Residents at a Bridlington care home have been presented with hand-made knitted hearts thanks to a Bridlington lady and her daughter.
Erin O’Neill and her daughter Rubie-Leigh, four, have created around 30 knitted hearts
for residents at Red House Residential Home on St Anne’s Road in Bridlington.
“I’m not really into crafting, however I learnt to do some knitting when I was eight years old. I picked up how to create the hearts by watching explanatory videos on the internet” explained Erin.
“I was aiming to send the hearts to Scarborough Hospital, but a friend said that local nursing homes would also benefit from them.
Red House acting Deputy Manager Tom Armstrong said: “ The lady, who’s great grandmother had previously been in our care, knitted red love hearts for each of our service users. We then made a tag to put on these love hearts and put their name on them with a message of love from each of their family members.”
“The hearts have had a positive impact on our service users who are missing their families terribly throughout this pandemic. We are doing everything we can to ensure we maintain good social relationships with their families through video calls where appropriate.” explained Tom.
He added:”I would also like to mention how commendable our full staff team has been throughout the pandemic, their grit, determination and tenacity has ensured that we have been able to maintain a high level of person centred care to ensure that their daily lives remain as unchanged as possible during the pandemic. The partnership working between our staff and the service users families has been phenomenal and highly commended.” added Tom.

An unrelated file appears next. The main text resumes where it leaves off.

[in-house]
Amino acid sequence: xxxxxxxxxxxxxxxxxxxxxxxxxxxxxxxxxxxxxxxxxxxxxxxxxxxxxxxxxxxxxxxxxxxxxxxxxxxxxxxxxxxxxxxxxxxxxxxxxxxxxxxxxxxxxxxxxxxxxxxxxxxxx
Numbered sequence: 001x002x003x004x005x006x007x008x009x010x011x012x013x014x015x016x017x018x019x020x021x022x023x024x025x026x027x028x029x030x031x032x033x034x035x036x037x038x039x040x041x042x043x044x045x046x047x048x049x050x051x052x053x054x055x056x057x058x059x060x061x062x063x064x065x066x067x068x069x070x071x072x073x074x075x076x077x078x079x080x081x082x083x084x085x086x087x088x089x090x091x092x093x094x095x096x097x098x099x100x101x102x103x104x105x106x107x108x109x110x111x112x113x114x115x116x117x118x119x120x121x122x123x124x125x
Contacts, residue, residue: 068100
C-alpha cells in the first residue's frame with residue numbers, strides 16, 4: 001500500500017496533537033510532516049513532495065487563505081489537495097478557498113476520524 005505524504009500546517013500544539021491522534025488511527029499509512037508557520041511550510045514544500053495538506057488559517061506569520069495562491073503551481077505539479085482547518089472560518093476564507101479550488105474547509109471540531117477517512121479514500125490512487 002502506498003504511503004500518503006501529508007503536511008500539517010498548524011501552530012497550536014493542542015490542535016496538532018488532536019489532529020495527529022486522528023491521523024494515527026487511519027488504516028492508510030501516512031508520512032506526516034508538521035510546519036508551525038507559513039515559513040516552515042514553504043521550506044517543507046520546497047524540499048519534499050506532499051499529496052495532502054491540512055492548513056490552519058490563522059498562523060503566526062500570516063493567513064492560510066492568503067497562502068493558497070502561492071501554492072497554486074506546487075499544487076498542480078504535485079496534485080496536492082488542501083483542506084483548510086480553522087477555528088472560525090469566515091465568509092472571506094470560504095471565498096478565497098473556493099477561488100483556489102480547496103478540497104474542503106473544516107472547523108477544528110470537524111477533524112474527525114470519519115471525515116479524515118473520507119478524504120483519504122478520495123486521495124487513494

Paula King from Bridlington, whose mother is a resident, was also delighted with the idea.
“My mum is in Red House and as a family we have been so moved by these lovely knitted hearts and message. They are such a lovely gesture and mean so much to us as we cannot go in to physically see our loved ones during this national pandemic.” said Paula.
“We know that no one can visit their loved ones but those in care homes often cannot understand why they are not being visited and it can become very distressing for all involved.” She continued.
“Hopefully the message will help them every time they look at them as it reminds them that they must keep the heart close to them as they are loved and that we will see them as soon as we can and this is precisely what we would say to mum if we could see her.“ Paula said.
“This may just be a little knitted heart with a small message but to us it makes all the difference and little things really do mean a lot.” added Paula